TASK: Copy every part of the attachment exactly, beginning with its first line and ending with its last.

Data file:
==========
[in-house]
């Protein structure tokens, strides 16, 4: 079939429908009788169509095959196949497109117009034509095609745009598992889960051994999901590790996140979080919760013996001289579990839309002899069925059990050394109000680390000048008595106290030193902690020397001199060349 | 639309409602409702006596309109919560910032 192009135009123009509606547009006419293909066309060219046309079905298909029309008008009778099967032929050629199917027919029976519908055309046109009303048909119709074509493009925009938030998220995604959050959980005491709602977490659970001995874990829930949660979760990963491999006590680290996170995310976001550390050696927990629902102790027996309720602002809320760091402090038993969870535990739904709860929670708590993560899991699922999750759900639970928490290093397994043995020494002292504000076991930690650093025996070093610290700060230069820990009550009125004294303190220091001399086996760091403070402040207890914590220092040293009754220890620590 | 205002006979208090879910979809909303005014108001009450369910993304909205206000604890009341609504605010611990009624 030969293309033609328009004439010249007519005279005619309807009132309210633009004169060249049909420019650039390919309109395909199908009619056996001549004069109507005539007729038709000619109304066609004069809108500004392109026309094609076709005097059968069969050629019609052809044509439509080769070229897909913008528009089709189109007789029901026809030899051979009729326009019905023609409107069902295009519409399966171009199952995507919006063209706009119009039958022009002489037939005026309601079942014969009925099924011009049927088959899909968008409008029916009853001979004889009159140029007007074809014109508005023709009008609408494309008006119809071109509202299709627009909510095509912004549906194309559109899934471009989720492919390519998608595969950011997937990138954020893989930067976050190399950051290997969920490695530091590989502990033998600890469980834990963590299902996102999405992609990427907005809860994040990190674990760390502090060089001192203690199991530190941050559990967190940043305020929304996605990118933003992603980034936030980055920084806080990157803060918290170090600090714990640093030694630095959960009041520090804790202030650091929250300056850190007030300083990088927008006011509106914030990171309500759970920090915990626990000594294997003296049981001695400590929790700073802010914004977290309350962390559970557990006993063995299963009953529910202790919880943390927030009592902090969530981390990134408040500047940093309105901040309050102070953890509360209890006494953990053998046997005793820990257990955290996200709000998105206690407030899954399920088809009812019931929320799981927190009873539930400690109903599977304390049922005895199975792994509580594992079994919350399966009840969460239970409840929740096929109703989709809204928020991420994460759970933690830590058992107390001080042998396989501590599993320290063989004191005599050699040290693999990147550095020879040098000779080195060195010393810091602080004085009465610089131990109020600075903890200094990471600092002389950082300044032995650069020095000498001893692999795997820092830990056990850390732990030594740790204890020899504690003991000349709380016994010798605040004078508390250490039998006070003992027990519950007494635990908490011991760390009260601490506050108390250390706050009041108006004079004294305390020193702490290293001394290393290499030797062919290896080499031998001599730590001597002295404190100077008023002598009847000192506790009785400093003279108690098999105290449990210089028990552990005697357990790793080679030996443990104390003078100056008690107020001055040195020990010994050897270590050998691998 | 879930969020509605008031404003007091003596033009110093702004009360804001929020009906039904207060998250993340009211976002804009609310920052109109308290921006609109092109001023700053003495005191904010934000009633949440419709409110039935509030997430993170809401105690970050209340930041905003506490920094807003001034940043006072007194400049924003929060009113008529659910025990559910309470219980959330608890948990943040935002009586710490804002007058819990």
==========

[in-house]
């Protein structure tokens, strides 16, 4: 079939429908009788169509095959196949497109117009034509095609745009598992889960051994999901590790996140979080919760013996001289579990839309002899069925059990050394109000680390000048008595106290030193902690020397001199060349 | 639309409602409702006596309109919560910032 192009135009123009509606547009006419293909066309060219046309079905298909029309008008009778099967032929050629199917027919029976519908055309046109009303048909119709074509493009925009938030998220995604959050959980005491709602977490659970001995874990829930949660979760990963491999006590680290996170995310976001550390050696927990629902102790027996309720602002809320760091402090038993969870535990739904709860929670708590993560899991699922999750759900639970928490290093397994043995020494002292504000076991930690650093025996070093610290700060230069820990009550009125004294303190220091001399086996760091403070402040207890914590220092040293009754220890620590 | 205002006979208090879910979809909303005014108001009450369910993304909205206000604890009341609504605010611990009624 030969293309033609328009004439010249007519005279005619309807009132309210633009004169060249049909420019650039390919309109395909199908009619056996001549004069109507005539007729038709000619109304066609004069809108500004392109026309094609076709005097059968069969050629019609052809044509439509080769070229897909913008528009089709189109007789029901026809030899051979009729326009019905023609409107069902295009519409399966171009199952995507919006063209706009119009039958022009002489037939005026309601079942014969009925099924011009049927088959899909968008409008029916009853001979004889009159140029007007074809014109508005023709009008609408494309008006119809071109509202299709627009909510095509912004549906194309559109899934471009989720492919390519998608595969950011997937990138954020893989930067976050190399950051290997969920490695530091590989502990033998600890469980834990963590299902996102999405992609990427907005809860994040990190674990760390502090060089001192203690199991530190941050559990967190940043305020929304996605990118933003992603980034936030980055920084806080990157803060918290170090600090714990640093030694630095959960009041520090804790202030650091929250300056850190007030300083990088927008006011509106914030990171309500759970920090915990626990000594294997003296049981001695400590929790700073802010914004977290309350962390559970557990006993063995299963009953529910202790919880943390927030009592902090969530981390990134408040500047940093309105901040309050102070953890509360209890006494953990053998046997005793820990257990955290996200709000998105206690407030899954399920088809009812019931929320799981927190009873539930400690109903599977304390049922005895199975792994509580594992079994919350399966009840969460239970409840929740096929109703989709809204928020991420994460759970933690830590058992107390001080042998396989501590599993320290063989004191005599050699040290693999990147550095020879040098000779080195060195010393810091602080004085009465610089131990109020600075903890200094990471600092002389950082300044032995650069020095000498001893692999795997820092830990056990850390732990030594740790204890020899504690003991000349709380016994010798605040004078508390250490039998006070003992027990519950007494635990908490011991760390009260601490506050108390250390706050009041108006004079004294305390020193702490290293001394290393290499030797062919290896080499031998001599730590001597002295404190100077008023002598009847000192506790009785400093003279108690098999105290449990210089028990552990005697357990790793080679030996443990104390003078100056008690107020001055040195020990010994050897270590050998691998 | 879930969020509605008031404003007091003596033009110093702004009360804001929020009906039904207060998250993340009211976002804009609310920052109109308290921006609109092109001023700053003495005191904010934000009633949440419709409110039935509030997430993170809401105690970050209340930041905003506490920094807003001034940043006072007194400049924003929060009113008529659910025990559910309470219980959330608890948990943040935002009586710490804002007058819990």